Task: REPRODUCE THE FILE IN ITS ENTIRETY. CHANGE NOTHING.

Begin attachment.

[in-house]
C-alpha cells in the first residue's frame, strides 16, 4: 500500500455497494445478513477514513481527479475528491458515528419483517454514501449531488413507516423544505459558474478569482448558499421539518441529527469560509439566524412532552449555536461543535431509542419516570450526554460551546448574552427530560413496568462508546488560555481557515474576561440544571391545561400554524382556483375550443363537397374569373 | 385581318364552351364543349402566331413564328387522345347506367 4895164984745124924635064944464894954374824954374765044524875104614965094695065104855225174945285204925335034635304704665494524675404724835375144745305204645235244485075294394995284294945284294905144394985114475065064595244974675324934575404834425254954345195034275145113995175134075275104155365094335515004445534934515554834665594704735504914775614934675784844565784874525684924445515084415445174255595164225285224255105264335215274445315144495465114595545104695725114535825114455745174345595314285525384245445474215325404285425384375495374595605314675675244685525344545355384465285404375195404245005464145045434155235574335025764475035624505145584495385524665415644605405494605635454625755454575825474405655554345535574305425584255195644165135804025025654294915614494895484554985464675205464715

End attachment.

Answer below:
[in-house]
C-alpha cells in the first residue's frame, strides 16, 4: 500500500455497494445478513477514513481527479475528491458515528419483517454514501449531488413507516423544505459558474478569482448558499421539518441529527469560509439566524412532552449555536461543535431509542419516570450526554460551546448574552427530560413496568462508546488560555481557515474576561440544571391545561400554524382556483375550443363537397374569373 | 385581318364552351364543349402566331413564328387522345347506367 4895164984745124924635064944464894954374824954374765044524875104614965094695065104855225174945285204925335034635304704665494524675404724835375144745305204645235244485075294394995284294945284294905144394985114475065064595244974675324934575404834425254954345195034275145113995175134075275104155365094335515004445534934515554834665594704735504914775614934675784844565784874525684924445515084415445174255595164225285224255105264335215274445315144495465114595545104695725114535825114455745174345595314285525384245445474215325404285425384375495374595605314675675244685525344545355384465285404375195404245005464145045434155235574335025764475035624505145584495385524665415644605405494605635454625755454575825474405655554345535574305425584255195644165135804025025654294915614494895484554985464675205464715